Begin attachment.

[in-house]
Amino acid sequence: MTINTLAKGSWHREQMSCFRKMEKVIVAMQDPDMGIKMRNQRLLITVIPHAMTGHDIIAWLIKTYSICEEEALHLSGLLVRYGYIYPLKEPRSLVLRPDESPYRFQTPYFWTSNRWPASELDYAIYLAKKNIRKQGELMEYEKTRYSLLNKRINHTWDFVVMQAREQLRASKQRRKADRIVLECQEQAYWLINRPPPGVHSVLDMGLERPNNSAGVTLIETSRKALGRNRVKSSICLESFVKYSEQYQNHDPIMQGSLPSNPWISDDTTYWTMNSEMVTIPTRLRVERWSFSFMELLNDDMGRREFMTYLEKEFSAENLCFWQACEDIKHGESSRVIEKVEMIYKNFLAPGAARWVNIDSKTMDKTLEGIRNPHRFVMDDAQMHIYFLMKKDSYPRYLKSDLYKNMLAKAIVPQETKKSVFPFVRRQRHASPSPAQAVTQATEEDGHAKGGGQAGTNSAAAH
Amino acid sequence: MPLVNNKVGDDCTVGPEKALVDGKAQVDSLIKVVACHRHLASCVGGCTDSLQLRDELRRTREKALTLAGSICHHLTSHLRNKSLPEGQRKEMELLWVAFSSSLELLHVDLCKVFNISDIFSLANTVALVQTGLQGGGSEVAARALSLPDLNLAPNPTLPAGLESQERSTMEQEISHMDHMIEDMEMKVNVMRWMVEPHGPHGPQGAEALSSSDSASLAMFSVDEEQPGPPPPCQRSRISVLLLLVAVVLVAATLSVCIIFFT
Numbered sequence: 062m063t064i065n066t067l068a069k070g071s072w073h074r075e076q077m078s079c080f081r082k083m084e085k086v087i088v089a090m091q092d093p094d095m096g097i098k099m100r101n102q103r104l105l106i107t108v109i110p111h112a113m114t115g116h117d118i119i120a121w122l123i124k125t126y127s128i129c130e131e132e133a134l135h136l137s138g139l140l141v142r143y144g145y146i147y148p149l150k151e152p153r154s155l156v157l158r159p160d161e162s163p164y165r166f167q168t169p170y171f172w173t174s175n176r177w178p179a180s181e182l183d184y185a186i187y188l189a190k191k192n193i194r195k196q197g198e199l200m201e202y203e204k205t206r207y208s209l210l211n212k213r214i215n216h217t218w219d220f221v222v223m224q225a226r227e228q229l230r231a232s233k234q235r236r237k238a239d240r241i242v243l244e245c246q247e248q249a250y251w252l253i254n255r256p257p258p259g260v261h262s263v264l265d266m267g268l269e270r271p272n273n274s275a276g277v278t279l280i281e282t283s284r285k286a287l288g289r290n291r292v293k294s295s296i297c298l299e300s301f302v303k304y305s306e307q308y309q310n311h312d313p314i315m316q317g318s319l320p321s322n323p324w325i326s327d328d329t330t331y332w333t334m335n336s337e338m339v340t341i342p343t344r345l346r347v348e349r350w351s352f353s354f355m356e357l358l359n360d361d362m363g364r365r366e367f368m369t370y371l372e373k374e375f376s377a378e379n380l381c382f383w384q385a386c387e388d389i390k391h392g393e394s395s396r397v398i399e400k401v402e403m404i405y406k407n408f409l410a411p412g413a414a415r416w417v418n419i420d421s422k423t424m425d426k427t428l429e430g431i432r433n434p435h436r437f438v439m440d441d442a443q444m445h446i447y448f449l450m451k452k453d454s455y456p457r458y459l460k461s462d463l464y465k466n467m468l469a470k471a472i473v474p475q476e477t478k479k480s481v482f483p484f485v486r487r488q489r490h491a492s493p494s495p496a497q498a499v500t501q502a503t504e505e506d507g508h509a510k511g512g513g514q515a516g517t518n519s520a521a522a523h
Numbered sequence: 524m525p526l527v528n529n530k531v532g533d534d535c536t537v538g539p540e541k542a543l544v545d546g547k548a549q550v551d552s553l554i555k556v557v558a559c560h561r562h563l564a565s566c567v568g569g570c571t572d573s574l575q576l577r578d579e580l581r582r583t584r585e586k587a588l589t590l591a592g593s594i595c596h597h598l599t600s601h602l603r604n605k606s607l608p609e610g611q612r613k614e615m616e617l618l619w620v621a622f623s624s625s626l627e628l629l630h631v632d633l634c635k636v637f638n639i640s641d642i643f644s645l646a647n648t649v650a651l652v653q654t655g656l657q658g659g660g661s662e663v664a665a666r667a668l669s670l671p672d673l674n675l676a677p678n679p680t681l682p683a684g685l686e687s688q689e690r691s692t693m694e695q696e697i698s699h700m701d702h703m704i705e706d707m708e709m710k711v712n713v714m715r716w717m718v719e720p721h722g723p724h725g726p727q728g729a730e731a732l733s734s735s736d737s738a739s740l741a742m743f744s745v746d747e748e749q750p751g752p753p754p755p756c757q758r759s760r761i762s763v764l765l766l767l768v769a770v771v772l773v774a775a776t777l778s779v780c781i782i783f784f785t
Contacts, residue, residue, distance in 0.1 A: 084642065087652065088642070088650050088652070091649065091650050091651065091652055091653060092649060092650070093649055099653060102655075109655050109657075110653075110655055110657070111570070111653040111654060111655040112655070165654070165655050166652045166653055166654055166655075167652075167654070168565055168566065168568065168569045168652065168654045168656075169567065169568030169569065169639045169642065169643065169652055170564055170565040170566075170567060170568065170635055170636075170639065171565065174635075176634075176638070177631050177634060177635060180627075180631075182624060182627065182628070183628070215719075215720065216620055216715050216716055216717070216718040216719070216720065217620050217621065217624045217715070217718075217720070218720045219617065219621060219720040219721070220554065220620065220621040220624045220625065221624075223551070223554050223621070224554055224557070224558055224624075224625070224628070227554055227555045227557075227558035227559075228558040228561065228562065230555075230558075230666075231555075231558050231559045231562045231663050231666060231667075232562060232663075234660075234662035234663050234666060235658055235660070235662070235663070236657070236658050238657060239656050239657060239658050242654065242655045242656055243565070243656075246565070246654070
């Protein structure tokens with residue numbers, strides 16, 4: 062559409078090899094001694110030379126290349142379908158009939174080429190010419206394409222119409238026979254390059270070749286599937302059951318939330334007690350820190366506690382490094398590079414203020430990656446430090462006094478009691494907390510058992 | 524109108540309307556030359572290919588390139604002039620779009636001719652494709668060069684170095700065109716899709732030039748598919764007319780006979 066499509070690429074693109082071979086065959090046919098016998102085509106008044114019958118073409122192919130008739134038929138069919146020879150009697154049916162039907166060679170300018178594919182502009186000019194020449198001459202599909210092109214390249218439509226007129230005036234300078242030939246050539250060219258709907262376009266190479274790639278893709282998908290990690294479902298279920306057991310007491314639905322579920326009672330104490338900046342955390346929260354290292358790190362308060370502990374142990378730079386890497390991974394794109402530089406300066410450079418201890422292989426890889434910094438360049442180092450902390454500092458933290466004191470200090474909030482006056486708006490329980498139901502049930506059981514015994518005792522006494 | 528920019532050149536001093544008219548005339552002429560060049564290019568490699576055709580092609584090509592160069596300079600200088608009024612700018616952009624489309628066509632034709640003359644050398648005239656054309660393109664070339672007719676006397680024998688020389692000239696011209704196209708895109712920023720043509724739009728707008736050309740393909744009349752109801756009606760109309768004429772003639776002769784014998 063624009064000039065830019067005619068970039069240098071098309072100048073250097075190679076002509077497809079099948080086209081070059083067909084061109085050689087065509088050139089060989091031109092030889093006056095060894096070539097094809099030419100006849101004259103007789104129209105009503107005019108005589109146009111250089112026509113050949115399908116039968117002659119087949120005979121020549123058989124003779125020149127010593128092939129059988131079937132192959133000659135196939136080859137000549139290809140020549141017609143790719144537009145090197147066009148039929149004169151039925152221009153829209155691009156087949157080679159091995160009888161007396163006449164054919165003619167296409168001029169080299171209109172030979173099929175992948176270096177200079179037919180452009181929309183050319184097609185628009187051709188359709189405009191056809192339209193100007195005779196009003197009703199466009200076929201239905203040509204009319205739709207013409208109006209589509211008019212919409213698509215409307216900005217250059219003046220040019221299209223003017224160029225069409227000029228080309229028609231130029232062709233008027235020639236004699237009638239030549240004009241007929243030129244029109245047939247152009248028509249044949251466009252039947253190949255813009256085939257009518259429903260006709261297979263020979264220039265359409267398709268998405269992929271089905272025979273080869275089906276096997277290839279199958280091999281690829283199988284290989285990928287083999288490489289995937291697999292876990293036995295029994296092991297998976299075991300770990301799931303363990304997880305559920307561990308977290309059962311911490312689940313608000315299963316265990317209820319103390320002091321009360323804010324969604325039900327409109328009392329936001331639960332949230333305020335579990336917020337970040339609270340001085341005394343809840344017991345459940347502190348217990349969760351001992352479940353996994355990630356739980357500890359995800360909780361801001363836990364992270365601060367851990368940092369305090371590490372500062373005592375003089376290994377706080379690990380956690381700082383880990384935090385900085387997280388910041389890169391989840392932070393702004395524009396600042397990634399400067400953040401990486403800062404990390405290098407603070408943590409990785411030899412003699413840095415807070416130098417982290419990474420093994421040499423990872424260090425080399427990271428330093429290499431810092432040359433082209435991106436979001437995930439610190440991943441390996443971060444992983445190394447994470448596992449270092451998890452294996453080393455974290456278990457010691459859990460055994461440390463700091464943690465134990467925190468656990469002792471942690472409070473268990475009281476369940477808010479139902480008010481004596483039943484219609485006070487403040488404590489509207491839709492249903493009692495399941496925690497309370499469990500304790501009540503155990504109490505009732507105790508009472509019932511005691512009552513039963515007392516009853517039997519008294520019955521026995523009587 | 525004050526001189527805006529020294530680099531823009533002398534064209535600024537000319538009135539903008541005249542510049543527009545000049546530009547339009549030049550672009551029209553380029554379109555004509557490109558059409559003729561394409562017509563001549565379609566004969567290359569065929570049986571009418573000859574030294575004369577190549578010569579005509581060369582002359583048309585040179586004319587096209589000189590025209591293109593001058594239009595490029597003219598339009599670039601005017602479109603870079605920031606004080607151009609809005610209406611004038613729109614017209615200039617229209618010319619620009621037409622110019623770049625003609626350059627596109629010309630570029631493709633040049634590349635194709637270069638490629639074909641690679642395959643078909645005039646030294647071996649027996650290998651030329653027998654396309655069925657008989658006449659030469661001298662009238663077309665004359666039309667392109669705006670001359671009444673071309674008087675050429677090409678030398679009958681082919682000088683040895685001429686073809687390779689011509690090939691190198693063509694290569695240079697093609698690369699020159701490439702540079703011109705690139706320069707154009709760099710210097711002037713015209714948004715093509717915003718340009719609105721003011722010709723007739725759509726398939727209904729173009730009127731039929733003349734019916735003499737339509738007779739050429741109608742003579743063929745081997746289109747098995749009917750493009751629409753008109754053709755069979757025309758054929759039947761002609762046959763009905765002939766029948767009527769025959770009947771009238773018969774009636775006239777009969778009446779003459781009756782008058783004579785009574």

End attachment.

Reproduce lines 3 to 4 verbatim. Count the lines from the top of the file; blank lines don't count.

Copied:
Amino acid sequence: MPLVNNKVGDDCTVGPEKALVDGKAQVDSLIKVVACHRHLASCVGGCTDSLQLRDELRRTREKALTLAGSICHHLTSHLRNKSLPEGQRKEMELLWVAFSSSLELLHVDLCKVFNISDIFSLANTVALVQTGLQGGGSEVAARALSLPDLNLAPNPTLPAGLESQERSTMEQEISHMDHMIEDMEMKVNVMRWMVEPHGPHGPQGAEALSSSDSASLAMFSVDEEQPGPPPPCQRSRISVLLLLVAVVLVAATLSVCIIFFT
Numbered sequence: 062m063t064i065n066t067l068a069k070g071s072w073h074r075e076q077m078s079c080f081r082k083m084e085k086v087i088v089a090m091q092d093p094d095m096g097i098k099m100r101n102q103r104l105l106i107t108v109i110p111h112a113m114t115g116h117d118i119i120a121w122l123i124k125t126y127s128i129c130e131e132e133a134l135h136l137s138g139l140l141v142r143y144g145y146i147y148p149l150k151e152p153r154s155l156v157l158r159p160d161e162s163p164y165r166f167q168t169p170y171f172w173t174s175n176r177w178p179a180s181e182l183d184y185a186i187y188l189a190k191k192n193i194r195k196q197g198e199l200m201e202y203e204k205t206r207y208s209l210l211n212k213r214i215n216h217t218w219d220f221v222v223m224q225a226r227e228q229l230r231a232s233k234q235r236r237k238a239d240r241i242v243l244e245c246q247e248q249a250y251w252l253i254n255r256p257p258p259g260v261h262s263v264l265d266m267g268l269e270r271p272n273n274s275a276g277v278t279l280i281e282t283s284r285k286a287l288g289r290n291r292v293k294s295s296i297c298l299e300s301f302v303k304y305s306e307q308y309q310n311h312d313p314i315m316q317g318s319l320p321s322n323p324w325i326s327d328d329t330t331y332w333t334m335n336s337e338m339v340t341i342p343t344r345l346r347v348e349r350w351s352f353s354f355m356e357l358l359n360d361d362m363g364r365r366e367f368m369t370y371l372e373k374e375f376s377a378e379n380l381c382f383w384q385a386c387e388d389i390k391h392g393e394s395s396r397v398i399e400k401v402e403m404i405y406k407n408f409l410a411p412g413a414a415r416w417v418n419i420d421s422k423t424m425d426k427t428l429e430g431i432r433n434p435h436r437f438v439m440d441d442a443q444m445h446i447y448f449l450m451k452k453d454s455y456p457r458y459l460k461s462d463l464y465k466n467m468l469a470k471a472i473v474p475q476e477t478k479k480s481v482f483p484f485v486r487r488q489r490h491a492s493p494s495p496a497q498a499v500t501q502a503t504e505e506d507g508h509a510k511g512g513g514q515a516g517t518n519s520a521a522a523h